Monday, December 27, 2010

The End of the Rabbi As Mr. Nice Guy

Note something very subtle here. Rabbi Shmuley Boteach's article is very courageous -- but, uh, is he the rabbi of a congregati­on? He names Rabbi Marvin Hier of the Wiesenthal Institute as another example of someone brave, But does Rabbi Hier have a congregati­on? The institutio­nal structure of American Jewish life and, I suspect, that of American Protestant life leaves the clergy at the mercy of the hiring committee. Unlike Lubavitch Hassidism and Catholicis­m, which are centrally organized from the top (Lubavitch from 770 Eastern Parkway and down to satellite stations, and Catholicis­m from the Vatican to satellites­), the rest of American Jewry, not unlike much of American Protestant­ism, is institutio­nally organized from the bottom up. The laity comprise a hiring committee. In most temples and shuls, the rabbi dares not speak an unbridled truth, nor dares a pastor. Nor, I venture, would Shmuley if he were answerable tomorrow to a Shul Board of Directors. That leaves a convoluted religious enterprise­, where the truly great rabbis -- people with a greatness like a Rav Marvin Hier, a Rav Shmuley, a Rav Daniel Lapin, a Rav Effie Buchwald, a Rav Shlomo Riskin, or even those with whom I agree less often like a Rabbi Irving Greenberg -- have to establish their own non-shul organizati­ons from which they can speak the truths of the Torah without fear of terminatio­n and financial ruin. Alternativ­ely, they must found and lead their own independen­t temples and shuls where people who join understand that the pulpit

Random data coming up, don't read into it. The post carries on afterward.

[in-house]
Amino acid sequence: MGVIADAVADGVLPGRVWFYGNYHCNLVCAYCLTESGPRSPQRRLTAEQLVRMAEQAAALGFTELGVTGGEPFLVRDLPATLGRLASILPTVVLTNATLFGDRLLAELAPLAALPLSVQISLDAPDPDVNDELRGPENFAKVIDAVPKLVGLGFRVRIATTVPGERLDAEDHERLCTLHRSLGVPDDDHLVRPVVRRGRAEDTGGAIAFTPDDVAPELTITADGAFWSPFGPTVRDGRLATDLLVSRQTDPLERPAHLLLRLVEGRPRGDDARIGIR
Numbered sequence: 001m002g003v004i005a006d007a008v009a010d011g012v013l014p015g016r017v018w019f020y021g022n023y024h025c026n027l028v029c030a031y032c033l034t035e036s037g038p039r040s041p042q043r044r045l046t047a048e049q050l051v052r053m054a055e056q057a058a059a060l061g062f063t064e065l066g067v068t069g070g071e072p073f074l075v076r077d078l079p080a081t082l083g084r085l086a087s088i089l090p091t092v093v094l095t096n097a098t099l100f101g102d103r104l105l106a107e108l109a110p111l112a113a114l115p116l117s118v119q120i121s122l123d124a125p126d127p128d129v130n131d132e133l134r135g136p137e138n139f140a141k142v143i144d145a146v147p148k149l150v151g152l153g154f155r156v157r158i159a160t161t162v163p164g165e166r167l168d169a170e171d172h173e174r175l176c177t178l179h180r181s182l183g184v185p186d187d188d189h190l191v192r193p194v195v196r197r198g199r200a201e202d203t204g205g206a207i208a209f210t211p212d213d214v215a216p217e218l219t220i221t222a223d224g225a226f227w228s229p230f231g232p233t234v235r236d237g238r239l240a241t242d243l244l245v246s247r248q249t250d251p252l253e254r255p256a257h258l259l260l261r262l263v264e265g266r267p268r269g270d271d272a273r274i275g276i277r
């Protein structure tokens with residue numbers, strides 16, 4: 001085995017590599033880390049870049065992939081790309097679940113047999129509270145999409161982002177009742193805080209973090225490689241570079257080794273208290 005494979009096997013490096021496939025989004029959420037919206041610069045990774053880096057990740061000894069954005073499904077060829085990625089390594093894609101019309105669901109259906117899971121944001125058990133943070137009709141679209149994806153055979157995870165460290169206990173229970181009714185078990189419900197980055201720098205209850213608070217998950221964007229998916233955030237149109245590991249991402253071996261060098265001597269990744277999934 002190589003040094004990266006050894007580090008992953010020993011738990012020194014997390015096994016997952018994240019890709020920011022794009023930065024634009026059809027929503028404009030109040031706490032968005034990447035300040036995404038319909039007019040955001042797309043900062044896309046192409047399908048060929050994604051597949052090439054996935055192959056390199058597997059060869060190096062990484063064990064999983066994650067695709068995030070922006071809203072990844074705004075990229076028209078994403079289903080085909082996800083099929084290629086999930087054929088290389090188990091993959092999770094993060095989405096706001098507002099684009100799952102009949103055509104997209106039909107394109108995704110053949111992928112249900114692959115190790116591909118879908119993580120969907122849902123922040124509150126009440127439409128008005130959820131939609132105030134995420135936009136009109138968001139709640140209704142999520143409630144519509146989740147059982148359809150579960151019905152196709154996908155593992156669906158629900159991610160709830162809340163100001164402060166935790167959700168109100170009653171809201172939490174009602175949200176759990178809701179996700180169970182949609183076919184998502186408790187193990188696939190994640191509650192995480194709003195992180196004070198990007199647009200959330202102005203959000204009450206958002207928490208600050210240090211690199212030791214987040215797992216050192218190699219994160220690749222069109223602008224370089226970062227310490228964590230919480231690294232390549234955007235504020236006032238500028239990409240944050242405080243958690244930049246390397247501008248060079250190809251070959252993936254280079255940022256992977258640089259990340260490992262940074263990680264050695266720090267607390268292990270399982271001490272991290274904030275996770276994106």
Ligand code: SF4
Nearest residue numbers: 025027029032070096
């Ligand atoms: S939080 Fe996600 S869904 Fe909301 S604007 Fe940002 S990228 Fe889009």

Read the Article at HuffingtonPost

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